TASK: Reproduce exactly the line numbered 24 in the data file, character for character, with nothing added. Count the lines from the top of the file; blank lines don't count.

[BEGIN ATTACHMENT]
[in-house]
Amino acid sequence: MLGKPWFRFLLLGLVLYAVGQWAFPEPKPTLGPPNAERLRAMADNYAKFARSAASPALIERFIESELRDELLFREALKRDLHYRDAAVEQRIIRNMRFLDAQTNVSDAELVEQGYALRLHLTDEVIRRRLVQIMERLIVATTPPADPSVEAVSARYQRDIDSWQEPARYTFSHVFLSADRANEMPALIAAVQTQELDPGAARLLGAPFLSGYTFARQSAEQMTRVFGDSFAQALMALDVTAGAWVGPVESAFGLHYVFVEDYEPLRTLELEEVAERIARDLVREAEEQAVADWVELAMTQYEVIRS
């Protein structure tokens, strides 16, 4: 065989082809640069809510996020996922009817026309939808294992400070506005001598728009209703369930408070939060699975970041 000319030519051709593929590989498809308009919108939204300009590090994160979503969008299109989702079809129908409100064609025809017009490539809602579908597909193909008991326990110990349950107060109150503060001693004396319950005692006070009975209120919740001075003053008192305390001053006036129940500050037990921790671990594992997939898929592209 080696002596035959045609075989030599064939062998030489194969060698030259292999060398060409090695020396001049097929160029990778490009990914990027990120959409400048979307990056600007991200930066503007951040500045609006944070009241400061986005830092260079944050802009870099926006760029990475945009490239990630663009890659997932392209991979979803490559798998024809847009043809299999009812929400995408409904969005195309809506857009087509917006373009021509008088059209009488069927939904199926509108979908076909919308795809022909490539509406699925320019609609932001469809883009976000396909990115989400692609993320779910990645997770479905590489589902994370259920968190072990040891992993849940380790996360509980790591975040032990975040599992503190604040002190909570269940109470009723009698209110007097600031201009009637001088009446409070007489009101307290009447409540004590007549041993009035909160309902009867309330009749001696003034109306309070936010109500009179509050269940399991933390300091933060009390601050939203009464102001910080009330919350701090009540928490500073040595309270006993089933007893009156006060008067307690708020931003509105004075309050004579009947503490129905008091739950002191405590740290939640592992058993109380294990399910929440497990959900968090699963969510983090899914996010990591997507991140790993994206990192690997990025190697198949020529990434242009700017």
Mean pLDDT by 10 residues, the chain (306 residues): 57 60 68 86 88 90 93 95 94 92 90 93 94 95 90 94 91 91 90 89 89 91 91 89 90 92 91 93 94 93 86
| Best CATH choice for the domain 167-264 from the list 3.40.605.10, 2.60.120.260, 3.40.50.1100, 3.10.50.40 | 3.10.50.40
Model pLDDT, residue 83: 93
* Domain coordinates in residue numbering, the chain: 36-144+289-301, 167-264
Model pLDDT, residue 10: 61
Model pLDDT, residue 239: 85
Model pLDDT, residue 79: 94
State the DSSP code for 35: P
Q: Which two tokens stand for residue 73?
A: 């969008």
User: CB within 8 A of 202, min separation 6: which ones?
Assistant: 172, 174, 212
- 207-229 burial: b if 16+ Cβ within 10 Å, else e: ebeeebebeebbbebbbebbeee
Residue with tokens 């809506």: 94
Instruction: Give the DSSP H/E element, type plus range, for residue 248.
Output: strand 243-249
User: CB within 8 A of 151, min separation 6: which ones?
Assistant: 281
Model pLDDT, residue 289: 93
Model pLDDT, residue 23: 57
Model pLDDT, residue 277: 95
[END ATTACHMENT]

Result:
Model pLDDT, residue 277: 95